According to a new report presented by the Italian research center Bioversity International, the most developed countries have a great variety of foods in their diets, but they have made little progress in the sustainable use of agricultural biodiversity.
The research has analyzed the way in which the various countries preserve or use their biological diversity in order to improve their diets, their markets and their production in order to have sustainable food systems. According to the director general of Bioversity, Juan Lucas Restrepo, "a lower agrobiodiversity puts countries at risk in the face of the few options for cultivation, climate change, malnutrition, pests and diseases."
Italy, Peru and Australia lead the ranking for the current state of their agricultural biodiversity, while the greatest progress has been made in India, Kenya and South Africa, after making promises or launching actions to preserve those resources and use them in a sustainable manner.
Biodiversity vs. quality
In general, in developed countries, the quality of diets is higher, with a greater supply of fruits, vegetables, legumes, nuts and seeds, and non-basic crops accounting for a considerable share of the calories.
The United States and Australia show "a great agricultural tradition" that facilitates the preservation of species in the field or in seed banks, but "they are not doing as well" when measuring their progress in terms of the sustainability of their agriculture, according to Restrepo.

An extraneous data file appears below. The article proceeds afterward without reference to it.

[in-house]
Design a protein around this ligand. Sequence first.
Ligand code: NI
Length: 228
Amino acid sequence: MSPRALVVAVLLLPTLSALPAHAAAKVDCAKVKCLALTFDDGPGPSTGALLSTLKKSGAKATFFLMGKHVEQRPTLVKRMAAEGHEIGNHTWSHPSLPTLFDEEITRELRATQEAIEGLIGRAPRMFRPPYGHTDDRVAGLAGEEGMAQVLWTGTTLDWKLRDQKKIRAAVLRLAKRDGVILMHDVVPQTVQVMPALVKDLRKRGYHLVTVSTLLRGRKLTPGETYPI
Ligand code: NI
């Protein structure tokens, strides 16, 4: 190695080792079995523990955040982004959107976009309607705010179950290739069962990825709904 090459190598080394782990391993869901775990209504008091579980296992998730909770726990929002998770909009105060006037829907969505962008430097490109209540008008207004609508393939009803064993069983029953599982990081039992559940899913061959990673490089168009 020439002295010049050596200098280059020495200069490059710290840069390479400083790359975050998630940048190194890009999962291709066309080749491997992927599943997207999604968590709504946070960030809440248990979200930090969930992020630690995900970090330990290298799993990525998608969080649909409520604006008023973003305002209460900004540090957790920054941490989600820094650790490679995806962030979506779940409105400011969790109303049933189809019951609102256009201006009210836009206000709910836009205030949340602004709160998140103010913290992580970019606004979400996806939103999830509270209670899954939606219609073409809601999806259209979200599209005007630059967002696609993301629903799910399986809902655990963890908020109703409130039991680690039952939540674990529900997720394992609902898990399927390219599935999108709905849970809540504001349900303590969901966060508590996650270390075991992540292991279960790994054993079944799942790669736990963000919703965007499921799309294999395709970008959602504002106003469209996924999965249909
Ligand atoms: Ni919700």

Emerging countries such as Ethiopia, Kenya or India are making more progress in the actions launched to take advantage of agricultural biodiversity in order to achieve better nutrition, although they don't score as well when their current situation is evaluated, given the functioning of the markets and the lower quality consumption. .
A paradoxical case is that of Peru, which obtains a "very good status rating," because it has an important indigenous population and a huge biological diversity, as well as a culinary tradition that uses local ingredients and strives to protect the native crops.
Restrepo hopes to be able to add new countries to the index to verify their commitments. By the end of the year, it also wants to have a first evaluation prototype for companies, since "their performance determines how well or how badly the countries are doing."